Nan Kempner (1930-2005) was a driving force in New York’s social scene for more than 50 years. The fashion icon regularly attended exclusive parties, social events and charity galas, and her presence was always requested at the most select fashion shows.
She was born in in San Francisco into a wealthy family by the name Nan Field Schlesinger. She studied at Connecticut College, where she met her future husband, investment banker Thomas Lenox Kempner, whom she married in 1952.
The couple had three children and lived between London and New York, where they owned a 16-room duplex in prestigious Park Avenue, at 79 Street, with walls exquisitely lined with antique silks and hand-painted French wallpaper. She was often seen accompanying her husband on his frequent business trips to Nassau, Paris, Venice, Monte Carlo or Aspen.
Kempner was passionate about fashion and defined her style as “artificially relaxed.” She attended her first fashion show in Paris when she was only 19. She was immediately hooked and became a regular at select couture circles. Also in Paris, she bought her first couture gown, a white dress by Christian Dior, who had recently taken under his wing a very young Yves Saint Laurent. She spent a fortune on clothing and accessories, “much more than I should have, but less than what I wanted,” she once said. Her busy social life allowed her to show off her beautiful wardrobe, though she was often criticized for being extremely thin.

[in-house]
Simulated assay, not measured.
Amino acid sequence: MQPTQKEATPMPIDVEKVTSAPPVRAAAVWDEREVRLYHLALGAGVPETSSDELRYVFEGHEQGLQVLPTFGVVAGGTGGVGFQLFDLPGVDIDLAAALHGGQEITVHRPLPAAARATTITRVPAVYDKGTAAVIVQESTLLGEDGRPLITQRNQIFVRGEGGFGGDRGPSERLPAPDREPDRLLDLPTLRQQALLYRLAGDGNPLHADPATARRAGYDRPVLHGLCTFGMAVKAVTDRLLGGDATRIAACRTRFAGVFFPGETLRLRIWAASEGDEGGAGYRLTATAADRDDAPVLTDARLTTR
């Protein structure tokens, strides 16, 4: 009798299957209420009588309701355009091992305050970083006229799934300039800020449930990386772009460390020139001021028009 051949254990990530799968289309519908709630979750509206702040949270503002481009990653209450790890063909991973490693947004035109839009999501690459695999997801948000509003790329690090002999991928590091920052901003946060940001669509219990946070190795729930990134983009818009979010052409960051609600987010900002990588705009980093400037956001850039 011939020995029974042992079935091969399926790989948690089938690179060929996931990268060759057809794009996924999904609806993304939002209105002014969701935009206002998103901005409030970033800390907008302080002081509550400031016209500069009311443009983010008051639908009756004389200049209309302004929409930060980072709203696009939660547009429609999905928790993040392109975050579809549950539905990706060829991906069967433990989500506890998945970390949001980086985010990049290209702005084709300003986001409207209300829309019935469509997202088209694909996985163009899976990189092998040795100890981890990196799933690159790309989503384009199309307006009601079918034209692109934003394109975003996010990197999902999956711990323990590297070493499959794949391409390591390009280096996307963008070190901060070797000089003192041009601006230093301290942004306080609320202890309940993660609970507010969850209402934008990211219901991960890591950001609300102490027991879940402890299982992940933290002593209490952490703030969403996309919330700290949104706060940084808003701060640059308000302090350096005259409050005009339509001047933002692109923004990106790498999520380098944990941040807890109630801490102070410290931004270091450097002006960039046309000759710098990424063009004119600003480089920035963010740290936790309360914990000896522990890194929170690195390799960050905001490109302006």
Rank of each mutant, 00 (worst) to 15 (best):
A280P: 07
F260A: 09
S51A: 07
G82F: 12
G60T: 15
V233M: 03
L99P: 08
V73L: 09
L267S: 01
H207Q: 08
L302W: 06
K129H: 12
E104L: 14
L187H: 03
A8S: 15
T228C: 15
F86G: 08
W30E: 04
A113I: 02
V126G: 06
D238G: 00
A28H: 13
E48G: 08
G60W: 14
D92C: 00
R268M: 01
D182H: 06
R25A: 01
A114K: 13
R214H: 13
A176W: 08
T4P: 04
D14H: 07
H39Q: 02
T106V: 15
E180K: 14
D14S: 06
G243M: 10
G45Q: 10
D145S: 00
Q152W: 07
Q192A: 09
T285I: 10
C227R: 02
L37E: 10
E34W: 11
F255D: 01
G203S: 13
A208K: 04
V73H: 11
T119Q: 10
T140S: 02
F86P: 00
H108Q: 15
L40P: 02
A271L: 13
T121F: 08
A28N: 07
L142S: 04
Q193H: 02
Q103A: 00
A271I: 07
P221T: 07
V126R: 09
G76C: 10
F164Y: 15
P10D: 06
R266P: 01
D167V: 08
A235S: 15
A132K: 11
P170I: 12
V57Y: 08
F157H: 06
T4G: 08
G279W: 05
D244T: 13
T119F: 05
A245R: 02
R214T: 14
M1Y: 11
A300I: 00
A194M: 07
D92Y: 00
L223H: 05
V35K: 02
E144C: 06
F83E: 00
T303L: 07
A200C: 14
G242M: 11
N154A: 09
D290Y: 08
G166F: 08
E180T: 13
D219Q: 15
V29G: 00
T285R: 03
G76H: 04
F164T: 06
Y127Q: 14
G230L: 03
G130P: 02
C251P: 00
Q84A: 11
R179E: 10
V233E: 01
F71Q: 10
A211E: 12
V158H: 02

Halston, Loulou de la Falaise, Yves Saint Laurent, Nan Kempner, Steve Rubell.
She reportedly had 106 swimsuits, and although she supported numerous designers like Chanel, Valentino and Oscar de la Renta, her favorite was always Saint Laurent. Throughout the years she collected more than 375 pieces by the French couturier she so adored, and with time they established a solid friendship. She is known as the greatest collector of YSL. The admiration was mutual and the French designer considered her “the most elegant woman in the world”.
Kempner had a penchant for high heels, and still wore miniskirts at 72 during her escapades to the Caribbean. Given her passion and knowledge of the intricacies of fashion principles, she was appointed editor of French Vogue and Harper’s Bazaar. She was also a design consultant for Tiffany & Co., and in the 1990s became an international representative for the renowned auction house Christie’s.
Nan Kempner, American Chic.
In December 2006 the Metropolitan Museum in New York dedicated an exhibition as a tribute to Kempner: Nan Kempner, American Chic. The museum displayed a number of the gorgeous gowns that once belonged to the stylish millionaire.
Nan Kempner died in 2005 in her Manhattan home at the age of 74. She was a long time smoker. She led an intense life, surrounded by the most important politicians, movie stars and artists of her time. Andy Warhol painted a portrait of the iconic socialite, and despite the years that have passed since her death, she remains an enduring figure in fashion and in New York social history. ■